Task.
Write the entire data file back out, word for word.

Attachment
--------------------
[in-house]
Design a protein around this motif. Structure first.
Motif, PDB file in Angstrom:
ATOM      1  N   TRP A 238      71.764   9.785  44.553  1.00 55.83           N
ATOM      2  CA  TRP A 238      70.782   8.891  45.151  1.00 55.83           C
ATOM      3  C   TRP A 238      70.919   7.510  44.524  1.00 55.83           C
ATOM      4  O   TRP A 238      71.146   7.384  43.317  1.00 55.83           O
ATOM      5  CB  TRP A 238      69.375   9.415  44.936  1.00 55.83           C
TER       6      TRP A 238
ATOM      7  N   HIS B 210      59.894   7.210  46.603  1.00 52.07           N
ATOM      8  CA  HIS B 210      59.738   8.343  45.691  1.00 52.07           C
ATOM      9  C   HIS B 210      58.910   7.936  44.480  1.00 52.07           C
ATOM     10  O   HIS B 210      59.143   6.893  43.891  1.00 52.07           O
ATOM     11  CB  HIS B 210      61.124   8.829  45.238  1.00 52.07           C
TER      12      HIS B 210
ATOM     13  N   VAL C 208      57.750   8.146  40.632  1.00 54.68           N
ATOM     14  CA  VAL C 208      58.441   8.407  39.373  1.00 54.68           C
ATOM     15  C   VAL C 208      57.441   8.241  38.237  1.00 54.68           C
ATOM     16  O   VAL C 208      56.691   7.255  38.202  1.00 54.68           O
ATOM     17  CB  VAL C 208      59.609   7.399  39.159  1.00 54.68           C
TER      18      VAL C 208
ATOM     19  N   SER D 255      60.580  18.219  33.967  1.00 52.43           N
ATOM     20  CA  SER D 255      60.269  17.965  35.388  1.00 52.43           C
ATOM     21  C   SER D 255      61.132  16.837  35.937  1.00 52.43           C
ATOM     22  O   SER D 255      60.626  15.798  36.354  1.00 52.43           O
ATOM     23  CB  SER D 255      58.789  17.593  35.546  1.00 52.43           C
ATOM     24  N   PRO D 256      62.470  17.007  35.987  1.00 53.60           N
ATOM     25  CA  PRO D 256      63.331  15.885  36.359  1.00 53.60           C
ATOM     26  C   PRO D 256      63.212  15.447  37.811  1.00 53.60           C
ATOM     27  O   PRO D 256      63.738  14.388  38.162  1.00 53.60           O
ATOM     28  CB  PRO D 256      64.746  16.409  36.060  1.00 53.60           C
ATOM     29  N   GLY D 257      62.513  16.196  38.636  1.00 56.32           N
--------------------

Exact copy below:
[in-house]
Design a protein around this motif. Structure first.
Motif, PDB file in Angstrom:
ATOM      1  N   TRP A 238      71.764   9.785  44.553  1.00 55.83           N
ATOM      2  CA  TRP A 238      70.782   8.891  45.151  1.00 55.83           C
ATOM      3  C   TRP A 238      70.919   7.510  44.524  1.00 55.83           C
ATOM      4  O   TRP A 238      71.146   7.384  43.317  1.00 55.83           O
ATOM      5  CB  TRP A 238      69.375   9.415  44.936  1.00 55.83           C
TER       6      TRP A 238
ATOM      7  N   HIS B 210      59.894   7.210  46.603  1.00 52.07           N
ATOM      8  CA  HIS B 210      59.738   8.343  45.691  1.00 52.07           C
ATOM      9  C   HIS B 210      58.910   7.936  44.480  1.00 52.07           C
ATOM     10  O   HIS B 210      59.143   6.893  43.891  1.00 52.07           O
ATOM     11  CB  HIS B 210      61.124   8.829  45.238  1.00 52.07           C
TER      12      HIS B 210
ATOM     13  N   VAL C 208      57.750   8.146  40.632  1.00 54.68           N
ATOM     14  CA  VAL C 208      58.441   8.407  39.373  1.00 54.68           C
ATOM     15  C   VAL C 208      57.441   8.241  38.237  1.00 54.68           C
ATOM     16  O   VAL C 208      56.691   7.255  38.202  1.00 54.68           O
ATOM     17  CB  VAL C 208      59.609   7.399  39.159  1.00 54.68           C
TER      18      VAL C 208
ATOM     19  N   SER D 255      60.580  18.219  33.967  1.00 52.43           N
ATOM     20  CA  SER D 255      60.269  17.965  35.388  1.00 52.43           C
ATOM     21  C   SER D 255      61.132  16.837  35.937  1.00 52.43           C
ATOM     22  O   SER D 255      60.626  15.798  36.354  1.00 52.43           O
ATOM     23  CB  SER D 255      58.789  17.593  35.546  1.00 52.43           C
ATOM     24  N   PRO D 256      62.470  17.007  35.987  1.00 53.60           N
ATOM     25  CA  PRO D 256      63.331  15.885  36.359  1.00 53.60           C
ATOM     26  C   PRO D 256      63.212  15.447  37.811  1.00 53.60           C
ATOM     27  O   PRO D 256      63.738  14.388  38.162  1.00 53.60           O
ATOM     28  CB  PRO D 256      64.746  16.409  36.060  1.00 53.60           C
ATOM     29  N   GLY D 257      62.513  16.196  38.636  1.00 56.32           N